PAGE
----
Slide show: Queen of the Night opens her petals
 

Editor's note: We updated this story when Tohono Chul gave bloom night a concrete date. 

It looks like the Queen will grace us with her presence tonight, Saturday, July 13. 

Every summer, the native night-blooming cereus wows us with a mass bloom night — and Tohono Chul is saying tonight's the night, according to Bloom Watch updates

The night-blooming cereus (or Peniocereus greggii) begins to bud with the summer heat, eventually unveiling fragrant, white flowers that last for just one night. Because the cactus looks like a gray stick the rest of the year, Tucson just about loses its mind when the Queen blooms. 

With more than 400 night-blooming cereus cacti, Tohono Chul at 7366 N. Paseo Del Norte has the largest private collection in the world, Michelle Armstrong, the gardens' marketing and communications director, told us. 

Because the cactus doesn't self-pollinate, blooming all at once promotes a more successful pollination. On Friday, a majority of the buds appeared close to blooming, according to the gardens

"We've been studying the night-blooming cereus for over 20 years and we still don't know what triggers the bloom," said Lee Mason, Tohono Chul's director of general services, in the press release. "The best we can figure is there is some type of chemical communication amongst the cacti." 

On bloom night, illuminated trails lead to each plant and guests can grab food at the Garden Bistro, pop in on lectures or win or purchase a Queen of the Night.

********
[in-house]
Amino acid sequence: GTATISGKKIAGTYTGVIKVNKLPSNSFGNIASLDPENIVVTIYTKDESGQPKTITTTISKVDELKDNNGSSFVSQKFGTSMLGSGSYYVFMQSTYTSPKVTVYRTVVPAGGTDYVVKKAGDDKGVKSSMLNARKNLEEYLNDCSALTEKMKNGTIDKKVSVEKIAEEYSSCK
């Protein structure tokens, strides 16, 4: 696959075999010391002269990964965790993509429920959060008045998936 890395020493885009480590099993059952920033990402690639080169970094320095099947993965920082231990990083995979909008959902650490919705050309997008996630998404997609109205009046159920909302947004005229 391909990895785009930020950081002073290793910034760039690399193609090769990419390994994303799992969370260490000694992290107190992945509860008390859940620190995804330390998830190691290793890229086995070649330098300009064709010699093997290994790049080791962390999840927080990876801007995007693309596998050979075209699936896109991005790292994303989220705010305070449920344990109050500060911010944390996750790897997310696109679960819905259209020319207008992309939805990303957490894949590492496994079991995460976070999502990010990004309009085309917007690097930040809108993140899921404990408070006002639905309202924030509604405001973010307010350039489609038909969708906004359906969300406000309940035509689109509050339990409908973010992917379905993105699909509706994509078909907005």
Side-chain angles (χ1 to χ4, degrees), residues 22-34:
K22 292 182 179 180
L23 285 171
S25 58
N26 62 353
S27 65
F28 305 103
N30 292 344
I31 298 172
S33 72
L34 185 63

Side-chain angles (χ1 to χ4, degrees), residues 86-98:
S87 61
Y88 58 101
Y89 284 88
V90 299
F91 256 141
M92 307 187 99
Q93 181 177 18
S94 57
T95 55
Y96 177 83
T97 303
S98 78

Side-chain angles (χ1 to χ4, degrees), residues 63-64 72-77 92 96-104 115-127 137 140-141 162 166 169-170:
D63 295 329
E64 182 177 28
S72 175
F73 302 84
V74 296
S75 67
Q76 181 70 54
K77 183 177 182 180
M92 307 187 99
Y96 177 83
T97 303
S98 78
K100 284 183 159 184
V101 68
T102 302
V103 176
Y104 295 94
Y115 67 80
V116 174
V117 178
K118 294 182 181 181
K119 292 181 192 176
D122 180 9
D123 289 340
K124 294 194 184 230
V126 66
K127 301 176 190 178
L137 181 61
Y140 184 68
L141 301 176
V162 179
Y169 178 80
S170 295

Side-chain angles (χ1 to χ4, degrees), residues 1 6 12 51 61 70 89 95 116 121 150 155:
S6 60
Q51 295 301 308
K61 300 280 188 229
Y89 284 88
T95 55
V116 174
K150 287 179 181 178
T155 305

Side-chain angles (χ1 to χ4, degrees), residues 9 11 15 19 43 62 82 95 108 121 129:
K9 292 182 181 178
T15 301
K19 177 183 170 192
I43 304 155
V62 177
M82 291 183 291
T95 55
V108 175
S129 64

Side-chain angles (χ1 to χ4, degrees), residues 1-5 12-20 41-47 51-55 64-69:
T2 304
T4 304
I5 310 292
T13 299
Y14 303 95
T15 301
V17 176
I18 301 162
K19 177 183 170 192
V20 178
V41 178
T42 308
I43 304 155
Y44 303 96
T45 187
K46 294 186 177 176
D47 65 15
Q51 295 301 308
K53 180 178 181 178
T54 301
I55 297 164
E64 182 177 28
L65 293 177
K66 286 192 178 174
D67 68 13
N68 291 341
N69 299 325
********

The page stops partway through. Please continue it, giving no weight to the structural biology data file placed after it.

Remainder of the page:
Make sure to wear close-toed walking shoes, bring a flashlight and camera with flash, and stay hydrated. 

Because bloom night usually can't be predicted until the day of, you can sign up for future email alerts at tohonochulpark.org/bloom-watch. You can also download Tohono Chul's app or follow the gardens on Facebook, Instagram and Twitter

To fuel your obsession with these mysterious Queens, check out our FAQ about the cacti or a story we wrote about Pima Prickly Park, a new spot to see 105 night-bloomers. (Side note: Jessie Byrd, the Native Plant Nursery manager for Pima County Natural Resources, Parks and Recreation, says some of those Queens may bloom Saturday night, with more to follow on Sunday night. If you're interested in bloom night at Pima Prickly Park, you should sign up for those separate alerts by emailing Valerie Samoy at Valerie.Samoy@pima.gov. You can also follow the Pima County Natural Resources, Parks and Recreation Facebook page.)


If you go

What: Tohono Chul's annual Bloom Night 

When: Saturday, July 13, 6 p.m. to midnight; members can see the final hours of the blooms on Sunday, July 14, 6:30-8 a.m. 

Where: Tohono Chul, 7366 N. Paseo Del Norte

Cost: $5 for non-members; free for members and children under 12

More info: Sign up for bloom watch at tohonochul.org/bloom-watch